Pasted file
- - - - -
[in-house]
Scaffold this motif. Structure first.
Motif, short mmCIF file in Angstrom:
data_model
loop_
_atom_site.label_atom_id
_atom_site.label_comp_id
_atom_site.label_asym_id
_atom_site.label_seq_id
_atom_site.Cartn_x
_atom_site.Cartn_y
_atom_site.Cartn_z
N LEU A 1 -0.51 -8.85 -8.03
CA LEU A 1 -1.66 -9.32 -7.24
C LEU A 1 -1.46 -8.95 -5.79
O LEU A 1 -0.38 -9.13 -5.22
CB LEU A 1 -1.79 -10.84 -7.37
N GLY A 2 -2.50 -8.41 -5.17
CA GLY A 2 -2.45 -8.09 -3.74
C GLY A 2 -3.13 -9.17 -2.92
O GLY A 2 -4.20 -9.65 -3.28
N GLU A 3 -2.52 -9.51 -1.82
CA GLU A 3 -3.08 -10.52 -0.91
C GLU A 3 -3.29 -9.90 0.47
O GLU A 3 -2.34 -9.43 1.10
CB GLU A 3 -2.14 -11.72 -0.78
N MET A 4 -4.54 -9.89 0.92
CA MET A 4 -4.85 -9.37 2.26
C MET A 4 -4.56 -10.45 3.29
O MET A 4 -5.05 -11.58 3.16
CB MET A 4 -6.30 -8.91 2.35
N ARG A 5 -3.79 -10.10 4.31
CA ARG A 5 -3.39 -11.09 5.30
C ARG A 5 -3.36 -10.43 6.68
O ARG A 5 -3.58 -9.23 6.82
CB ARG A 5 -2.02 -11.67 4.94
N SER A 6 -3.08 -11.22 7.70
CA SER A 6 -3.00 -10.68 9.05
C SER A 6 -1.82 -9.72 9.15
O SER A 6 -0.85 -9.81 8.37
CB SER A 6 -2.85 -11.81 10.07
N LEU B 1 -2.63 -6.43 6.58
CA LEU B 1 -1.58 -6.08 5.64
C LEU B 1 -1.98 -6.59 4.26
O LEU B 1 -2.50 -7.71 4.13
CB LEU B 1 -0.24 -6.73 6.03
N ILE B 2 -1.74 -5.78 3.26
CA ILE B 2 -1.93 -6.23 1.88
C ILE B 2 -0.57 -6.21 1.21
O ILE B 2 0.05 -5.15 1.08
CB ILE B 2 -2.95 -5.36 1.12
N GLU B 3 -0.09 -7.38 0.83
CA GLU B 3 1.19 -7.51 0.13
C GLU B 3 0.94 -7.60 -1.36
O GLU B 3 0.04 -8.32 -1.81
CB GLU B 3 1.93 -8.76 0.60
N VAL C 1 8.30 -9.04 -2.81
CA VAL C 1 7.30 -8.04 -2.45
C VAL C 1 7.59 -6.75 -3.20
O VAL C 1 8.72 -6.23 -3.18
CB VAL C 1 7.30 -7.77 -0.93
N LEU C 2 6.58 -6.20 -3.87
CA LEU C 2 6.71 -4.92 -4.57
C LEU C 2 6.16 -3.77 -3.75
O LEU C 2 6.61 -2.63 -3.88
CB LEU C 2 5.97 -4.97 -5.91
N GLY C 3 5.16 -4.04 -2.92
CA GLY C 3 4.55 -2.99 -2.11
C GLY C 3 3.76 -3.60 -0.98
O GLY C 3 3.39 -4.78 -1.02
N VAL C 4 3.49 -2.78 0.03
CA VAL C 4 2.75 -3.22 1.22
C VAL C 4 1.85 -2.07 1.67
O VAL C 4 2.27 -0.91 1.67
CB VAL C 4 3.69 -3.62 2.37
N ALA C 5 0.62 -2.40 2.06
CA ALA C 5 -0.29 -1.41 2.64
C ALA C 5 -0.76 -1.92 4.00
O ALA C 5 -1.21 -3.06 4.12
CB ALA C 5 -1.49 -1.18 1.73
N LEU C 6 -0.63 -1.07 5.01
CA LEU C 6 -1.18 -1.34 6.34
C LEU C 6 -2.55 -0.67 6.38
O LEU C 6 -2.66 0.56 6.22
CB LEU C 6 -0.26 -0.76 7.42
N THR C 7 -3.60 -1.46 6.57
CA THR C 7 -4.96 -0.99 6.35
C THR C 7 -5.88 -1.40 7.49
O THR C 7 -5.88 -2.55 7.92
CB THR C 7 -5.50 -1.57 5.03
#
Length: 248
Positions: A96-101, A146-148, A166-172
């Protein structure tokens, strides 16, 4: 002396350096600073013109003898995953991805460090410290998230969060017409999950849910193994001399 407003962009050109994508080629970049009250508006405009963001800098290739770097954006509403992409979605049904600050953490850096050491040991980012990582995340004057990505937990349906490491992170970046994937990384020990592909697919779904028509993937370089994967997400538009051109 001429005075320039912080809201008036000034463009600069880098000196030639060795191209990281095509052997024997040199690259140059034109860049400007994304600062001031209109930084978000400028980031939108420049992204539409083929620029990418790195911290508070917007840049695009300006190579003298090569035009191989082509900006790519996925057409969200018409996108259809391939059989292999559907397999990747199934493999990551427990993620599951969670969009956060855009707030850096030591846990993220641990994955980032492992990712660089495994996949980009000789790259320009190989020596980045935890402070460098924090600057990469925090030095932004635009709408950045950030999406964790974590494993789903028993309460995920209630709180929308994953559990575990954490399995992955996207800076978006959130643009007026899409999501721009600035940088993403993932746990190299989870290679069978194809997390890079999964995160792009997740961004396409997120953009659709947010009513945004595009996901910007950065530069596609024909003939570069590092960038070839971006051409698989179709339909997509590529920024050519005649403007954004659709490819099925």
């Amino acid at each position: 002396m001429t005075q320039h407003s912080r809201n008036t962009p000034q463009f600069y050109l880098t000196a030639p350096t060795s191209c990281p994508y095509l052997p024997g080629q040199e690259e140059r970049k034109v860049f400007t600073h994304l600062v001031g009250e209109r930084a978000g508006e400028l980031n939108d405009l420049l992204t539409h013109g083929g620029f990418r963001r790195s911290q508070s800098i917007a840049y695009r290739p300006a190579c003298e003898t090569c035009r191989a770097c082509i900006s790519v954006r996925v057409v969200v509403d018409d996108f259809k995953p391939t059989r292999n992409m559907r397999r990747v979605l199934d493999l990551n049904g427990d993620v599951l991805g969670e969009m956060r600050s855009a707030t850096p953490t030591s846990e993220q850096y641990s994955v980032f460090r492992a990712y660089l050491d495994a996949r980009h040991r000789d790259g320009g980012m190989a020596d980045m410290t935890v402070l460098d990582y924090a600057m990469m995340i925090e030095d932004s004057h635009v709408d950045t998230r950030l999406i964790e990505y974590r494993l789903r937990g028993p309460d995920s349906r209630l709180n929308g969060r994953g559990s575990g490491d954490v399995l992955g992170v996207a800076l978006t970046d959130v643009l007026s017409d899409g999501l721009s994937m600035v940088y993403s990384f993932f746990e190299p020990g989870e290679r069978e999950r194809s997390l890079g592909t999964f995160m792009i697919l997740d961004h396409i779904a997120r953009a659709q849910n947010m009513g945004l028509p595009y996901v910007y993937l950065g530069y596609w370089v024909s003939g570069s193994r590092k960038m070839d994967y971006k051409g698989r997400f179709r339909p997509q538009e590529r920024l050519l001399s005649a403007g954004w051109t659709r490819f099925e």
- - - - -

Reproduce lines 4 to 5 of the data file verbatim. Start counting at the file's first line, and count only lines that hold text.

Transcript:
data_model
loop_